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The Engineer Character in Sherlock Holmes

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The Engineer Character in Sherlock Holmes The engineer’s according to the business card he provided Dr. Watson’s maid with read Mr. Victor Hatherley, a hydraulic engineer who lived at 16A, Victoria Street on the third floor ((Doyle 225). According to Watson’s initial description of Hatherley can be termed as reserved and that of an individual deserving respect by manner of his dress which is touted as …quietly dressed… with a strong masculine face. (Doyle 227). Further details about Hatherley are revealed to the reader when he starts describing himself to Watson and Holmes. He is an orphan with seven years’ experience as a hydraulic engineer with the Venner amp. Matheson a well-known subsidiary of Greenwich (228). This is justified by his own admittance … that I am an orphan and a bachelor, residing alone in lodgings in London. Watson’s observation about his masculine facial features can be explained by his revelation that he served in the army for two years before becoming an engineer. The description of self gives the reader the impression that he is a headstrong individual who is not afraid to face challenges that he encounters in his quest to fulfill his duties as an engineer as well as in life too (230).
The story’s plot also serves to further the engineer’s character as a discerning man who was conscious of his surroundings and ‘feel’ of a place as exemplified in his confession A vague feeling of uneasiness began to steal over me (231). His perceptive nature is portrayed by the way he described the house in which he was supposed to serve out his contract with Colonel. Hatherley is construed to be a descriptive individual by nature in the sense that he provides enough detail in the story to bring out Holmes’ deductive abilities in solving mysteries as concluded by Watson. During Hatherley’s account of events, Holmes interjected with the following questions.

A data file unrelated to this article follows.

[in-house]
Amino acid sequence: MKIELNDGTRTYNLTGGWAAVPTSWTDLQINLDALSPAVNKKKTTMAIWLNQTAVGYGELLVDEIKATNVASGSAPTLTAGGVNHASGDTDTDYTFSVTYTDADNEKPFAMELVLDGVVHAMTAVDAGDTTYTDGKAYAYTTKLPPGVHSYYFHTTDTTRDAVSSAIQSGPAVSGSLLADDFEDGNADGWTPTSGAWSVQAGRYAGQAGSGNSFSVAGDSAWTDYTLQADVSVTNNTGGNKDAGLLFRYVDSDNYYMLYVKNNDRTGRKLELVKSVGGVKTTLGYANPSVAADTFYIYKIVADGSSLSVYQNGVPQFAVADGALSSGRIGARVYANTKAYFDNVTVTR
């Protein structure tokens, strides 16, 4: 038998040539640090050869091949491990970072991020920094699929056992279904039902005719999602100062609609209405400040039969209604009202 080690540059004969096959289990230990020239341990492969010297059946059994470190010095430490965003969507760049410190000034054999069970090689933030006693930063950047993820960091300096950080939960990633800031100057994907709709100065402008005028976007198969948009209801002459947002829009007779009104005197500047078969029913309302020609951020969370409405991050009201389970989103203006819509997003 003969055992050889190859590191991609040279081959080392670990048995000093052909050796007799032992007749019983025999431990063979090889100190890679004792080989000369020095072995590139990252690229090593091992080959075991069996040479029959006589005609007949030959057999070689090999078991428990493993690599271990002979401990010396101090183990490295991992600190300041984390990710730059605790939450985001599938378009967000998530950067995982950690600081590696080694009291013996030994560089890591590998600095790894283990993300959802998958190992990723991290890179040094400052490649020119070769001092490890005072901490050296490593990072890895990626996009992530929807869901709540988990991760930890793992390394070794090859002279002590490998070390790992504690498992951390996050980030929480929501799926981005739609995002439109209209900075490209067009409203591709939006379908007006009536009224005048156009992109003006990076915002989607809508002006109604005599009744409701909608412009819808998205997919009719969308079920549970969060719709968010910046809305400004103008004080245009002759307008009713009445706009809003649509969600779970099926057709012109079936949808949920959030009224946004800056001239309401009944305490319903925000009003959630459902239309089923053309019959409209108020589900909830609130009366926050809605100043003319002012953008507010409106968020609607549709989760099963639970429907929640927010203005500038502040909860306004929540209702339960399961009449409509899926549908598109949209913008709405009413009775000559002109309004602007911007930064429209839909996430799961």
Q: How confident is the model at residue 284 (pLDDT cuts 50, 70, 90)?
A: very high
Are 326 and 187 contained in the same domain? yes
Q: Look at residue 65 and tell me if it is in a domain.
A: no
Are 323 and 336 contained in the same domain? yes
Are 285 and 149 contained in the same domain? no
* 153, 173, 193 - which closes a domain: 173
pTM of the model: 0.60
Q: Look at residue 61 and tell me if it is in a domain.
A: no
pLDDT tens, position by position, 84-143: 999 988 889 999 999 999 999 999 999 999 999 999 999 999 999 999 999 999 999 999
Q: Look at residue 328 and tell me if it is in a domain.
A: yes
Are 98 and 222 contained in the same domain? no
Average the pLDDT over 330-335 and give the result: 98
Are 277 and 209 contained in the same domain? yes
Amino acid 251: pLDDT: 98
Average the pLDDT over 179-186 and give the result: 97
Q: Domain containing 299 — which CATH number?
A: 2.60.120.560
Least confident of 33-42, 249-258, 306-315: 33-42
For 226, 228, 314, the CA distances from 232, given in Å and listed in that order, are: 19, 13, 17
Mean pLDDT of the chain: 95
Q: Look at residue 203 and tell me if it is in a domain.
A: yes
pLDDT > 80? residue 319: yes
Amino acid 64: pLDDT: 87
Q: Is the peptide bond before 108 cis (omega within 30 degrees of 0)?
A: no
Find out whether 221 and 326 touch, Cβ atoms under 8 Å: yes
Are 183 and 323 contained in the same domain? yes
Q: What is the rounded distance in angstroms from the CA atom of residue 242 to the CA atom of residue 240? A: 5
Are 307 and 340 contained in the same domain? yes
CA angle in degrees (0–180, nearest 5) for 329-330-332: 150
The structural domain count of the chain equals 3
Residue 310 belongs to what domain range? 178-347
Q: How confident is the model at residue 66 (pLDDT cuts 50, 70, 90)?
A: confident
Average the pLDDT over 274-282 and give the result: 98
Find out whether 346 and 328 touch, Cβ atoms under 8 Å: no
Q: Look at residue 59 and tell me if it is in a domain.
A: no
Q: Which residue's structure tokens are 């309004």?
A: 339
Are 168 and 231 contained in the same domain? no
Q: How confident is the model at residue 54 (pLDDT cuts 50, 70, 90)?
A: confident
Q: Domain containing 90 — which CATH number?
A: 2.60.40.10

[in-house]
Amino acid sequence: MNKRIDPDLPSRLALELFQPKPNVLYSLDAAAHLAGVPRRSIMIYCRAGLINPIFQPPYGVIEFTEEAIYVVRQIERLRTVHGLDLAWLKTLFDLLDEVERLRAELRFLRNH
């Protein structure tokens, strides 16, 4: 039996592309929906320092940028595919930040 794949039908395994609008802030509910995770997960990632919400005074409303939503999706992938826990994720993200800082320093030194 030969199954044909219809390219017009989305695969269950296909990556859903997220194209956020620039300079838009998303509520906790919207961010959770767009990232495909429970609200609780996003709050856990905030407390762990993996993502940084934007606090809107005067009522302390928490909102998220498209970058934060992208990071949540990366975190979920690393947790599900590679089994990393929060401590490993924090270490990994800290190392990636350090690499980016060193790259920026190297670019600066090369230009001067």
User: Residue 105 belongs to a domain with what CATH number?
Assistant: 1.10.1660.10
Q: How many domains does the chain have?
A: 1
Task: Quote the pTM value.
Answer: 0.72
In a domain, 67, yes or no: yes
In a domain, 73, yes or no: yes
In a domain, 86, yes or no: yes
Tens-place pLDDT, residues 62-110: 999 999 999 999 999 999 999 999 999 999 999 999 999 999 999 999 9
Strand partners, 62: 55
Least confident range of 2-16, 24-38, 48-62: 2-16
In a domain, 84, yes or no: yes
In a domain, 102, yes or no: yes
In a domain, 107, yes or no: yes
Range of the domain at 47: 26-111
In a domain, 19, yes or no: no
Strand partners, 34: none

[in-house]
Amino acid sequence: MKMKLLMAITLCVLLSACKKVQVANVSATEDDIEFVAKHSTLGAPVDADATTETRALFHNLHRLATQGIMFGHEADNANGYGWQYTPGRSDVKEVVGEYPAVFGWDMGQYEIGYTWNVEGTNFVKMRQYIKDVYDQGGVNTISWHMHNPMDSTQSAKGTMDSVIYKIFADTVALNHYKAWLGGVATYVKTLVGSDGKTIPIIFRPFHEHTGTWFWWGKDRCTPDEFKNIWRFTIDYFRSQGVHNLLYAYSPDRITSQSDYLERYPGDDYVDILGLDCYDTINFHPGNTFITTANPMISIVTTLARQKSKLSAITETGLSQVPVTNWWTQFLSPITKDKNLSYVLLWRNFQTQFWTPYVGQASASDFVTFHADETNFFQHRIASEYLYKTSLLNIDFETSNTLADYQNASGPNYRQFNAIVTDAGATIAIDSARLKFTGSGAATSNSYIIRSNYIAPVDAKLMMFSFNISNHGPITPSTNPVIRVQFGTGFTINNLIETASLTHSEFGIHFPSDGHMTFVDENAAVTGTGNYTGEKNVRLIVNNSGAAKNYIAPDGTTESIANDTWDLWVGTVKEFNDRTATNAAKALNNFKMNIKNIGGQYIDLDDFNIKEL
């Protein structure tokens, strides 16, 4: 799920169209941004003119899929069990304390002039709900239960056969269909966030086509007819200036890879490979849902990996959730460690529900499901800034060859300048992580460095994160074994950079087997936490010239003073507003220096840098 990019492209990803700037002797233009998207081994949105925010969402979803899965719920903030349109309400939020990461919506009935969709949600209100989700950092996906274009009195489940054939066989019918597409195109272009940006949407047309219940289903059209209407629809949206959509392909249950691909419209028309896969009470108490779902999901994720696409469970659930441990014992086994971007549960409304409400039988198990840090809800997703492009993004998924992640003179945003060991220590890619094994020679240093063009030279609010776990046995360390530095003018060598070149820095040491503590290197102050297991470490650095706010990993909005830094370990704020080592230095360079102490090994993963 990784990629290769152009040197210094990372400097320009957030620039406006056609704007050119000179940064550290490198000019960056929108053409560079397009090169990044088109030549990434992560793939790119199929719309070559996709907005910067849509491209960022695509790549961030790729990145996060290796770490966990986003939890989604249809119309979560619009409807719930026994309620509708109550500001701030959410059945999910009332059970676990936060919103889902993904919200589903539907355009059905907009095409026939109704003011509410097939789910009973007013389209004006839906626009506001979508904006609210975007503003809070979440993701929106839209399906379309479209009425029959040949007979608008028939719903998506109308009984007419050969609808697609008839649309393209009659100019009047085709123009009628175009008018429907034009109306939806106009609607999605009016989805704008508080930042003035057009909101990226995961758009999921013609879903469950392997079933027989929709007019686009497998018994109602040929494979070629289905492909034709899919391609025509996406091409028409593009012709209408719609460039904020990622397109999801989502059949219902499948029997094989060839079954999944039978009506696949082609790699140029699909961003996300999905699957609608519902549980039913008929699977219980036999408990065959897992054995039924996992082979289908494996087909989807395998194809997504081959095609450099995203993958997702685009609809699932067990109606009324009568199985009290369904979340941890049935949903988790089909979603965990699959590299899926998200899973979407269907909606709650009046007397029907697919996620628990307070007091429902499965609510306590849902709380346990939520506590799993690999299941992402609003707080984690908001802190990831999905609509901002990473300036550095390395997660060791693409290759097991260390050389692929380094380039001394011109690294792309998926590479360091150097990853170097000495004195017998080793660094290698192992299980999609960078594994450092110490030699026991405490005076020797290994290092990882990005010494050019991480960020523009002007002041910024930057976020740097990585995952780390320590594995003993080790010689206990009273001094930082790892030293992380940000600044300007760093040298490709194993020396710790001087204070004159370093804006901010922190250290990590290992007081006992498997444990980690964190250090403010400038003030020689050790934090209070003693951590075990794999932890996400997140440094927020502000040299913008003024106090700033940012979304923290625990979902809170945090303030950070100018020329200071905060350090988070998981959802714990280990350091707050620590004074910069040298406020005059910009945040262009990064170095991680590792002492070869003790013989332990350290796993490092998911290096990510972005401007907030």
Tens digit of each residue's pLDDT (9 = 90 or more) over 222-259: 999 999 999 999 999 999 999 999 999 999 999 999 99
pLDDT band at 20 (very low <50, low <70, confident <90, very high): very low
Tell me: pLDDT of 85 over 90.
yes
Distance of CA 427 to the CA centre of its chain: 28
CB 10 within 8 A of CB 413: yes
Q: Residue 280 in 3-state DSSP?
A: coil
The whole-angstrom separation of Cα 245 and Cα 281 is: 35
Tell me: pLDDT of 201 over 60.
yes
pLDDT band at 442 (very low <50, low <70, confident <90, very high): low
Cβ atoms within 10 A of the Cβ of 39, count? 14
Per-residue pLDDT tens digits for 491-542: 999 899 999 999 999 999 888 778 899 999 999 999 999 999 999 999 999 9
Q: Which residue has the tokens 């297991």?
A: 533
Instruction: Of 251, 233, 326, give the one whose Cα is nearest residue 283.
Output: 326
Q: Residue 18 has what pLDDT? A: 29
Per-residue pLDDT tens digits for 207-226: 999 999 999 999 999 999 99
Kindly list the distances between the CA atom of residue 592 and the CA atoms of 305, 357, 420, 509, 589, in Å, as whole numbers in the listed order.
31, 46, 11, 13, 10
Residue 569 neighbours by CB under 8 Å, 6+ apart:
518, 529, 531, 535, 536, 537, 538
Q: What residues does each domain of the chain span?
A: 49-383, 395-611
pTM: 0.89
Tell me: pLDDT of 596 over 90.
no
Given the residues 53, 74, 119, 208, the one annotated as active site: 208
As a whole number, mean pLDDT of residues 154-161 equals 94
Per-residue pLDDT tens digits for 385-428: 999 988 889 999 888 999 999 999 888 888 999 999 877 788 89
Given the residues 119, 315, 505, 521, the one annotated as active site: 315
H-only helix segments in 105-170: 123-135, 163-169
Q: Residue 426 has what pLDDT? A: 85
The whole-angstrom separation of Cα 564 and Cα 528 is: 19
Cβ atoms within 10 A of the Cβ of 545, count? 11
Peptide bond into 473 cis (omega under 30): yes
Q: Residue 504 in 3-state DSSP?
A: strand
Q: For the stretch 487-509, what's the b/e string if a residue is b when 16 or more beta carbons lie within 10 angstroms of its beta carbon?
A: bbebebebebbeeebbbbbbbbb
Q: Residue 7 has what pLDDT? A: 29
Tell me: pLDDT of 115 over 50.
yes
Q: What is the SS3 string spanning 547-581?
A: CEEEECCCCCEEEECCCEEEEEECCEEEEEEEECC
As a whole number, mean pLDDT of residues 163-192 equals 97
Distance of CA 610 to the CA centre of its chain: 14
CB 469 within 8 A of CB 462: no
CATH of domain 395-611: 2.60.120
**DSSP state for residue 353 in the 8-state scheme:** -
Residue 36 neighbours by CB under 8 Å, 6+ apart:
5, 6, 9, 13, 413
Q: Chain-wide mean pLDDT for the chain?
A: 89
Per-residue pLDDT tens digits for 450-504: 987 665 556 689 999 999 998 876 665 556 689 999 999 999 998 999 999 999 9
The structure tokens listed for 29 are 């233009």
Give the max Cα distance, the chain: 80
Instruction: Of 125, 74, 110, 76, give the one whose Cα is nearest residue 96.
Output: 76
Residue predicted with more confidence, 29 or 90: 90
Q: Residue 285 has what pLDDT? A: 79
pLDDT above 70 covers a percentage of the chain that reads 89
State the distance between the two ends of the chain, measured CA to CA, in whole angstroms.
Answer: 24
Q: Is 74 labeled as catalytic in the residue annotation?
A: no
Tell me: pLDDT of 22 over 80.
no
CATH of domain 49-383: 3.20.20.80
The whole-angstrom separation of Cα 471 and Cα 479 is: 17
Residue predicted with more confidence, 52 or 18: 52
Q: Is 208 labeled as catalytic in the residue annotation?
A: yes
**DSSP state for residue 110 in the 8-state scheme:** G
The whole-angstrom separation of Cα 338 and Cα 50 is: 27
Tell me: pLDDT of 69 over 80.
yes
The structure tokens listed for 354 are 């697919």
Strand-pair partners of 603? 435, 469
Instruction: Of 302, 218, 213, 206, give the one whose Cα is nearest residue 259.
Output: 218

One horse? Interjected Holmes.
Yes, only one.
Did you observe the colour?
Yes, I saw it by the side-lights when I was stepping into the carriage. It was chestnut.
Tired Looking or fresh?
Oh, fresh and glossy(231).
It is through Hatherley’s detailed description of the events that led to the loss of his thumb that everyone involved linked his experience to the money minting cartel or gang that had eluded capture for a long time (238). Hatherley is meticulous and pays close attention to detail in his endeavors in life, and professional duties.
Hatherley saves himself from the hydraulic machine at the last minute by discovering concealed door to the room he was locked into aiding his last minute escape. His attentiveness reveals to him the nature of business or activities that take place in the house he was supposed to dispense his services. This aspect about his character is illustrated by his description of actions that led to the demise of his thumb. …and I came to examine it I could see a crust of metallic deposits all over it. (233). It can be said that he is a strong person both mentally and physically in the sense that he safely makes it back to London despite having lost considerable amounts of blood (239). This aspect of strength in character can also be attributed to his ability to recount his experiences with an indication of any trauma that is a common proponent in such circumstances.
The author effectively gives the reader enough resources to gain an intrinsic feeling of reader participation in the story by letting experience the protagonist’s emotions, which help build his character. Hatherley comes out as a strong individual with sound principles that guide him to seek fulfillment in a career as a consulting hydraulics engineer who goes out of his way to attend to his client’s demands and wants.
Works Cited
Doyle, Arthur Conan.The Adventures of Sherlock Holmes. Vol. 1. Wordsworth Editions, 1992.
Print.